LA's 'Turbocharged' Year of Police Reform After George Floyd's Murder: What's Next?
In the year since the murder of George Floyd, police reform has taken center stage in Los Angeles, the first time that has happened since the beating of Rodney King in 1991. Reformers have won major victories at the ballot box, cuts to the LAPD budget and new initiatives to remove the police from traffic stops and mental health calls.
For many, the movement's focus has evolved from reforming policing to reimagining it, said Melanie Ochoa, who focuses on police practices at the American Civil Liberties Union of Southern California. “Activists no longer want to nip around the edges,” she said, arguing that the new agenda is to “eliminate contact with police in as many ways as possible.”
At the same time, the movement’s progress has been uneven. The drive to further cut police funding has stalled, there has been almost no change at the L.A. County Sheriff’s Department and some in law enforcement are warning many of the reforms threaten public safety.
Cutting Budgets And Electing Reformers
There have been big changes via the ballot box:
- Reformer George Gascón ousted incumbent L.A. County District Attorney Jackie Lacey in the November 2020 election. Gascón’s promise to review hundreds of past police shootings for possible prosecution of the officers involved helped him beat incumbent Lacey, who was heavily supported by police unions.
- Voters elected L.A. County Supervisor Holly Mitchell — a former state senator who championed police reform in Sacramento — to the Board of Supervisors.
- Voters approved Measure J, which requires the county to spend at least 10% of its discretionary money on social programs designed to keep people out of the criminal justice system.
There have also been funding cuts and policy shifts:
- The Los Angeles City Council cut the LAPD budget by $150 million.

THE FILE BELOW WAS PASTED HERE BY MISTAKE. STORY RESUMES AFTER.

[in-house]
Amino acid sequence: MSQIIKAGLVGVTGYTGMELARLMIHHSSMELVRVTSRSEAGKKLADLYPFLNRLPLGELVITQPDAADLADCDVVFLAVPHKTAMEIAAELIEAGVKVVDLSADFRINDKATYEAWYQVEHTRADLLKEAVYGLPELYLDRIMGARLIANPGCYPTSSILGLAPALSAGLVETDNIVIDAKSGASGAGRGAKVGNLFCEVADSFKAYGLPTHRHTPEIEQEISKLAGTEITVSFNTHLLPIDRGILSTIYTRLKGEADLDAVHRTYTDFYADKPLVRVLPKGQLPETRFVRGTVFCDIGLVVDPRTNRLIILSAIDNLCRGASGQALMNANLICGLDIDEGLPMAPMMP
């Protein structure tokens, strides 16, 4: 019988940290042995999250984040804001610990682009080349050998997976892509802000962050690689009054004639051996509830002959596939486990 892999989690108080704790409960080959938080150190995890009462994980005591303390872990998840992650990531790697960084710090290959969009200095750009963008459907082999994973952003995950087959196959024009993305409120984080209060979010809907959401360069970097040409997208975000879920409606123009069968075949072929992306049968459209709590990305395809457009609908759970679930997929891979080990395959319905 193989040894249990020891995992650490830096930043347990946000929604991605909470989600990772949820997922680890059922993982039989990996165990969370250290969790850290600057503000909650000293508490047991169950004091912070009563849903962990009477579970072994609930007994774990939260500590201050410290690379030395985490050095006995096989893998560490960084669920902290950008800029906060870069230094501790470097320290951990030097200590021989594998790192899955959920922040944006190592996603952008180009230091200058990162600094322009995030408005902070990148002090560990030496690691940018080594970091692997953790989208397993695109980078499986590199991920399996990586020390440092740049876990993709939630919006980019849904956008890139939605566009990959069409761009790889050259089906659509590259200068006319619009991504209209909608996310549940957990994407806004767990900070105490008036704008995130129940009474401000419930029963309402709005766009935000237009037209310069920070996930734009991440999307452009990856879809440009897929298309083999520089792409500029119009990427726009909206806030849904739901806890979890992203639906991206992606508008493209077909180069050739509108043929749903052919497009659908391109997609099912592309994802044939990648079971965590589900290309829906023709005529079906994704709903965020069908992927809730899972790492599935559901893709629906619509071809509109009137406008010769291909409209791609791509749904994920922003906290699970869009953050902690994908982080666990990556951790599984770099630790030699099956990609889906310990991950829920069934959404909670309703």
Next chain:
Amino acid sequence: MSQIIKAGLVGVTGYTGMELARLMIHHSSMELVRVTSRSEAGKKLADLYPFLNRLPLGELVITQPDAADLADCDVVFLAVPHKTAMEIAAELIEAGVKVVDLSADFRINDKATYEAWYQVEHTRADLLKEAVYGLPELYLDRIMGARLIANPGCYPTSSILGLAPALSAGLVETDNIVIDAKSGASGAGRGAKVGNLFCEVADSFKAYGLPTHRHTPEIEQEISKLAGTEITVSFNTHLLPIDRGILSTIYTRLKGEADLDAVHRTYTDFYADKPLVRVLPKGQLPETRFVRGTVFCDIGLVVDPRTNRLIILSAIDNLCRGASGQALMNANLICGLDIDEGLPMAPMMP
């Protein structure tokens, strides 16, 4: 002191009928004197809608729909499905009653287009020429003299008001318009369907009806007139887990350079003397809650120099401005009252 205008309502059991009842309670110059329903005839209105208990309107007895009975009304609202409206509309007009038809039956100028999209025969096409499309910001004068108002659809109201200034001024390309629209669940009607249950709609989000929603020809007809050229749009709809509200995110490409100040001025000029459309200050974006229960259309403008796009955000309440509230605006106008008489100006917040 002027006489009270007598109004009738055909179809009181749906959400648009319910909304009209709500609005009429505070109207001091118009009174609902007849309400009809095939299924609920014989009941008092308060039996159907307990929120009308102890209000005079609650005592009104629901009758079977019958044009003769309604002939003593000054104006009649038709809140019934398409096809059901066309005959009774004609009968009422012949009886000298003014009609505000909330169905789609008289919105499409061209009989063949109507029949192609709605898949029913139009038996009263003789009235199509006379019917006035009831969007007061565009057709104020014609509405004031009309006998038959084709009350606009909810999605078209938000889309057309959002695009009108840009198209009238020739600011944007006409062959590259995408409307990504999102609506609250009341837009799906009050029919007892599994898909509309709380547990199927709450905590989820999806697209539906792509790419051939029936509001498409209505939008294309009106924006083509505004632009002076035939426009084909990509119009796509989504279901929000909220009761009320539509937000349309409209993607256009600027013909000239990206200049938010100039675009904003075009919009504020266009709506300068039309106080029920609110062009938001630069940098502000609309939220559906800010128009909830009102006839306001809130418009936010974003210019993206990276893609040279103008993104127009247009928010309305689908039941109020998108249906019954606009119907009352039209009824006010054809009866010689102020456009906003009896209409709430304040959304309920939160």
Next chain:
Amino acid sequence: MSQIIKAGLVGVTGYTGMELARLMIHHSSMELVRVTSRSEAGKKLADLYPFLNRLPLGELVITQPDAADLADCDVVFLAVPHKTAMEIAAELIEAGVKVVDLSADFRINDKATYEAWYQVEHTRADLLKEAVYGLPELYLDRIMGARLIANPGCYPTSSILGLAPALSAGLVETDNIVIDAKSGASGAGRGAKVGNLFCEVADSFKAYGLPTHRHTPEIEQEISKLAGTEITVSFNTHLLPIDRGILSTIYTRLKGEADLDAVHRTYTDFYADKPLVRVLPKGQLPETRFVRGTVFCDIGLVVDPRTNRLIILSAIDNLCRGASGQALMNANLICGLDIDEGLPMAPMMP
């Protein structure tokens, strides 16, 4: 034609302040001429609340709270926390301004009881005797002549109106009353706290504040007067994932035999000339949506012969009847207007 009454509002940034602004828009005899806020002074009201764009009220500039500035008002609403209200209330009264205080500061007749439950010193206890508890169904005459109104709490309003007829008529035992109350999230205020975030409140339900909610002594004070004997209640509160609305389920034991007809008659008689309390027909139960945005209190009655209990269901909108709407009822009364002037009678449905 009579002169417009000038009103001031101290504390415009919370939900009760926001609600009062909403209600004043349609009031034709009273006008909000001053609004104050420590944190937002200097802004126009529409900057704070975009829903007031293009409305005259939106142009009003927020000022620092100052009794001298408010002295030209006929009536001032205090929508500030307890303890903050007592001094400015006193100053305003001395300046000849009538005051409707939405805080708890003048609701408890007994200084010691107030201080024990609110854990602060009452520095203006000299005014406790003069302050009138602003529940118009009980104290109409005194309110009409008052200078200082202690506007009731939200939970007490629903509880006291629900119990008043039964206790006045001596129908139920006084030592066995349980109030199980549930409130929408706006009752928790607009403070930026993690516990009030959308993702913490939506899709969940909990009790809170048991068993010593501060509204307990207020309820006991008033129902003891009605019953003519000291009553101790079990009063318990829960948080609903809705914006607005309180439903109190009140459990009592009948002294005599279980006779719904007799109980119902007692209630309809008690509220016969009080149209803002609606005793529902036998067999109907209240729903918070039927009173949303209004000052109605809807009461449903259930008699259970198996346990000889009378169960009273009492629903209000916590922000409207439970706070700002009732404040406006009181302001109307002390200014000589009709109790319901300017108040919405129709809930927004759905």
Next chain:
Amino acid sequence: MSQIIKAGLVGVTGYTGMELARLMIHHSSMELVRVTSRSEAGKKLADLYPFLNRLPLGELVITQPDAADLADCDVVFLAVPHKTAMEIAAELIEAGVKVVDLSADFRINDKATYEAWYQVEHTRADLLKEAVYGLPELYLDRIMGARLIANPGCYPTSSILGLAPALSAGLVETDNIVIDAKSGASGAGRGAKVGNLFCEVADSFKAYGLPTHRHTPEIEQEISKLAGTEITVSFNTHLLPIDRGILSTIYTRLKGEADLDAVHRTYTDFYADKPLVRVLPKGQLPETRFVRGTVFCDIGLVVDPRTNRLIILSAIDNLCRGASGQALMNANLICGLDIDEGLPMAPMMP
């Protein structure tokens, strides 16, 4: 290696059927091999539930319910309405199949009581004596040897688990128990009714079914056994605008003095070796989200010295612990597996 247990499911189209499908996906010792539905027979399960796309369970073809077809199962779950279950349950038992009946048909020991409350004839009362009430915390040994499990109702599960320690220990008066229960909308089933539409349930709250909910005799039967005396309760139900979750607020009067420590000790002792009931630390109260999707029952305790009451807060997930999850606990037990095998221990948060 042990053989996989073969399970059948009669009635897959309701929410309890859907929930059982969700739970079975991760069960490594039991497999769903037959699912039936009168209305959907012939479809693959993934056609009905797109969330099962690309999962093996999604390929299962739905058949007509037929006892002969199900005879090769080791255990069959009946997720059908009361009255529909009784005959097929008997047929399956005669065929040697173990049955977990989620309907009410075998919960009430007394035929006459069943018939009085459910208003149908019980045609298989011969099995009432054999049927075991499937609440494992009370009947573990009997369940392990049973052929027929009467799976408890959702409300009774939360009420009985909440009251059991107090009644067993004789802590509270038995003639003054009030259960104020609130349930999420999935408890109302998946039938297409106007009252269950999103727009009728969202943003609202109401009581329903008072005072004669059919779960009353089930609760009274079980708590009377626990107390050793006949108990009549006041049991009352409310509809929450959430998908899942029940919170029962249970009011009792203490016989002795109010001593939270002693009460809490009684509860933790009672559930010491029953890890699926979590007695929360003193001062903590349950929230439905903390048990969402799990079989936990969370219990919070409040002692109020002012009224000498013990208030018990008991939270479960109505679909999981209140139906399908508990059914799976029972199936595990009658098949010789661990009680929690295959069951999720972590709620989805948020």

- The Los Angeles Unified School District cut its police budget by 35%.
- The city council is developing a program to use unarmed social workers instead of police to respond to some mental health calls.
- The city council is studying whether it could remove police from traffic enforcement.
“I think police reform now has become turbocharged,” said Raphe Sonenshein, director of the Pat Brown Institute at Cal State L.A. “I don’t think anybody could have possibly imagined that so much would be on the table right now.”
Change, But Not Transformation
In the years before Floyd’s murder, you barely heard the phrase “defund the police.” Afterward, they were everywhere — scribbled on cardboard signs, sidewalks and even LAPD headquarters.
The killing inspired a new wave of activists who have learned how to lobby city hall and read byzantine police budgets. They’ve shown little patience for the slow wheels of government although they have been forced to wait for them to produce change.
Within weeks of Floyd’s death, the city council approved the $150 million cut to the LAPD budget. The department stopped hiring and its ranks fell by about 500 officers, to approximately 9,500.
It was far short of the defunding that Black Lives Matter and other activists wanted, nor was it a transformation. But it was an unprecedented reduction in funding to a department whose budget traditionally had been off limits when it came to cutbacks.
Then, this year, prompted in part by rising crime, Mayor Eric Garcetti and the city council bumped the department’s budget back up by about $50 million, which will allow the LAPD to regain 250 officers.
Last June, the Los Angeles Unified School District slashed its $70 million police budget by 35%. In February, the LAUSD approved a plan to reduce its police force by 70 officers, to 211, because school police no longer work directly on campuses. That was once unthinkable for policymakers, and it has sparked concerns among some people about student safety.
‘It Was A Gut Punch’
For roughly three years before Floyd’s murder, the PUSH LA coalition had been trying to convince city leaders to remove the LAPD from traffic stops. It pointed to data that showed Black drivers have been much more likely to be stopped and questioned by officers than people of other races. In some cases, traffic stops for minor violations have led to the excessive use of force.
After Floyd’s killing and the ensuing street protests, officials were suddenly more open to talking, said Leslie Cooper Johnson of the Community Coalition. The coalition seized the opportunity.
In February, the city council approved a study to look at removing LAPD officers from traffic enforcement. It was a big victory for the coalition, but Johnson was frustrated when the city said it would take up to a year just to hire the consultant for the study.
“When we heard that, it was a gut punch,” Johnson said. “It’s difficult to keep people engaged over such a long lull.”